Two Republican leaders of the Ways and Means Committee have recently become concerned about nonprofit political campaign intervention activities and, on August 14, 2023, published an open letter requesting information from 501(c)(3) and 501(c)(4) organizations regarding their political activities.
From a political perspective, this is an interesting twist as Republican politicians and their supporters were better able to take advantage of the 2010 Citizens United Supreme Court holding, as compared to their Democrat peers, to use tax-exempt organizations as vehicles to encourage greater (and often dark) funding of political campaigns. The Republican Party platform during Trump’s nomination even included the goal of eliminating the prohibition against political campaign intervention by 501(c)(3) organizations. But it seems now that the Democrats have caught up and perhaps surpassed the Republicans on their use of tax-exempt organizations to support political campaigns.
From my perspective, as a tax-exempt organizations attorney, the 501(c)(3) prohibition on political campaign intervention (also referred to as the Johnson Amendment) is critically important to the nonprofit sector. As I’ve written in a previous post about this prohibition when it was threatened by the Republican Party –
[I]f the proposal to change longstanding federal tax law were enacted, charitable donations could quickly dry up: potential donors will fear that money they contribute to a charitable mission will be passed along to a partisan campaign instead. That, in turn, would create yet another dark money loophole. It would expose nonprofits to pressure from donors or board members to endorse their favored candidates, and change the expectations that exist today, that charitable nonprofits are where communities come together to solve problems, no matter who is in office or who individuals voted for.
The Request for Information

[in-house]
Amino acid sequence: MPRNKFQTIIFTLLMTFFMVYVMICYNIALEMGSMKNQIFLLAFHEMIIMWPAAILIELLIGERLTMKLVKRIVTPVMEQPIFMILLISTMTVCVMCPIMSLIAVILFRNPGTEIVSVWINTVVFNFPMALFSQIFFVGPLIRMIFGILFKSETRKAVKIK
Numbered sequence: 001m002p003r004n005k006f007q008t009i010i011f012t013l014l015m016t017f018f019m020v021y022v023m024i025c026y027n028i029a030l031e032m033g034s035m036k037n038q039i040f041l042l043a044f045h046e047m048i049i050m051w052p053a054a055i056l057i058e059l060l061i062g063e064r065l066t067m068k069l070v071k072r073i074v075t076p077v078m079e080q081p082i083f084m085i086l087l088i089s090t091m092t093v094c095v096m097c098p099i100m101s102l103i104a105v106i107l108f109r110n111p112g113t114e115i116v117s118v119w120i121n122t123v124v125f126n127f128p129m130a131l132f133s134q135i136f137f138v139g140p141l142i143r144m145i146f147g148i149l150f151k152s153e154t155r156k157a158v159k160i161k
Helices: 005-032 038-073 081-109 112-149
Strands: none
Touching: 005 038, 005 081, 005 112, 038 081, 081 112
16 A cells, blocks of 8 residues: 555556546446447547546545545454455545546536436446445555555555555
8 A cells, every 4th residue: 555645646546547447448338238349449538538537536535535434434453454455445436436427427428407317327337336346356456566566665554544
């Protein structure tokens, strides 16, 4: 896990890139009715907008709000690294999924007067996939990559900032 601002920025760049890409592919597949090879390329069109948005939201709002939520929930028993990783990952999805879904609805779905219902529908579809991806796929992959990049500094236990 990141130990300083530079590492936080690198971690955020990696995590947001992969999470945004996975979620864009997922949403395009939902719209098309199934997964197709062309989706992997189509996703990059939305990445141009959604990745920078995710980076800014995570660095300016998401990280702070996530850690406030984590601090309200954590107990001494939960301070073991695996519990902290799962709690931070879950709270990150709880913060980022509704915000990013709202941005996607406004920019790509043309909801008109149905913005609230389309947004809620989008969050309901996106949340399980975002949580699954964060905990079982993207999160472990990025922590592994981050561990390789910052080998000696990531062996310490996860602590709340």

The open letter included ten sets of questions for 501(c)(3) and 501(c)(4) organizations:
- Would it be helpful to 501(c)(3) and 501(c)(4) organizations for the Internal Revenue Service (IRS) to issue updated guidance on how to define “political campaign intervention” and the extent to which 501(c)(4) organizations can engage in “political campaign intervention” be helpful to 501(c)(3) and 501(c)(4) organizations? If yes, why?
- Does the IRS’s current guidance on the definition of “political campaign intervention” properly account for new forms of political advocacy? If not, what should be included in updated guidance from the IRS to account for forms of political advocacy that are currently not covered?
- Are there any tax-exempt organizations whose voter education or registration activities you suspect might have had the effect of favoring a candidate or group of candidates which would constitute prohibited participation or intervention? If yes, please describes those activities?
- Are there changes to Form 990 – which is used by tax-exempt organizations to file their tax returns– that would help clarify how contributions are being used by 501(c) organizations? Especially regarding contributions that are used to fund political activities by 501(c)(4) organizations or nonpartisan voter education activities that 501(c)(3) organizations are allowed to engage in such as voter registration activities, public forums, and publishing voter education guides?